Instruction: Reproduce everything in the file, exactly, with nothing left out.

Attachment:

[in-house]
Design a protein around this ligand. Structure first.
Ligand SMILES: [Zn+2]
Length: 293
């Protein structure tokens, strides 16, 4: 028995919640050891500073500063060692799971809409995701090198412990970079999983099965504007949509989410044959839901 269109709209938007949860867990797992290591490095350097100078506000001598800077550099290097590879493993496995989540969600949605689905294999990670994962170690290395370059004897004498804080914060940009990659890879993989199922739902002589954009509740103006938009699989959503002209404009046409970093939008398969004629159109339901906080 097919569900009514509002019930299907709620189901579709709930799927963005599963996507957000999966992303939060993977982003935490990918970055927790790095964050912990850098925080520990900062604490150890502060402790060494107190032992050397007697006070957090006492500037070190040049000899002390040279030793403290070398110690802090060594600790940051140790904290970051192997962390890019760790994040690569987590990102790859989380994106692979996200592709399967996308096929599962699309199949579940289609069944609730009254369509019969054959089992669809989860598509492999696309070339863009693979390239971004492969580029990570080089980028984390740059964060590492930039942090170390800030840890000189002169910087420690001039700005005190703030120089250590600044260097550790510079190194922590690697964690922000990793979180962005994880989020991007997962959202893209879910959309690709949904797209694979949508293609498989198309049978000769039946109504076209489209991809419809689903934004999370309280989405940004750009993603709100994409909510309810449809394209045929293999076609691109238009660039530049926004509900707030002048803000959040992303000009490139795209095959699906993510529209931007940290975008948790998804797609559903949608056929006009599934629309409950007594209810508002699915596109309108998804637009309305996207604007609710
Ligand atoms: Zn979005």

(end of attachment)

[in-house]
Design a protein around this ligand. Structure first.
Ligand SMILES: [Zn+2]
Length: 293
């Protein structure tokens, strides 16, 4: 028995919640050891500073500063060692799971809409995701090198412990970079999983099965504007949509989410044959839901 269109709209938007949860867990797992290591490095350097100078506000001598800077550099290097590879493993496995989540969600949605689905294999990670994962170690290395370059004897004498804080914060940009990659890879993989199922739902002589954009509740103006938009699989959503002209404009046409970093939008398969004629159109339901906080 097919569900009514509002019930299907709620189901579709709930799927963005599963996507957000999966992303939060993977982003935490990918970055927790790095964050912990850098925080520990900062604490150890502060402790060494107190032992050397007697006070957090006492500037070190040049000899002390040279030793403290070398110690802090060594600790940051140790904290970051192997962390890019760790994040690569987590990102790859989380994106692979996200592709399967996308096929599962699309199949579940289609069944609730009254369509019969054959089992669809989860598509492999696309070339863009693979390239971004492969580029990570080089980028984390740059964060590492930039942090170390800030840890000189002169910087420690001039700005005190703030120089250590600044260097550790510079190194922590690697964690922000990793979180962005994880989020991007997962959202893209879910959309690709949904797209694979949508293609498989198309049978000769039946109504076209489209991809419809689903934004999370309280989405940004750009993603709100994409909510309810449809394209045929293999076609691109238009660039530049926004509900707030002048803000959040992303000009490139795209095959699906993510529209931007940290975008948790998804797609559903949608056929006009599934629309409950007594209810508002699915596109309108998804637009309305996207604007609710
Ligand atoms: Zn979005």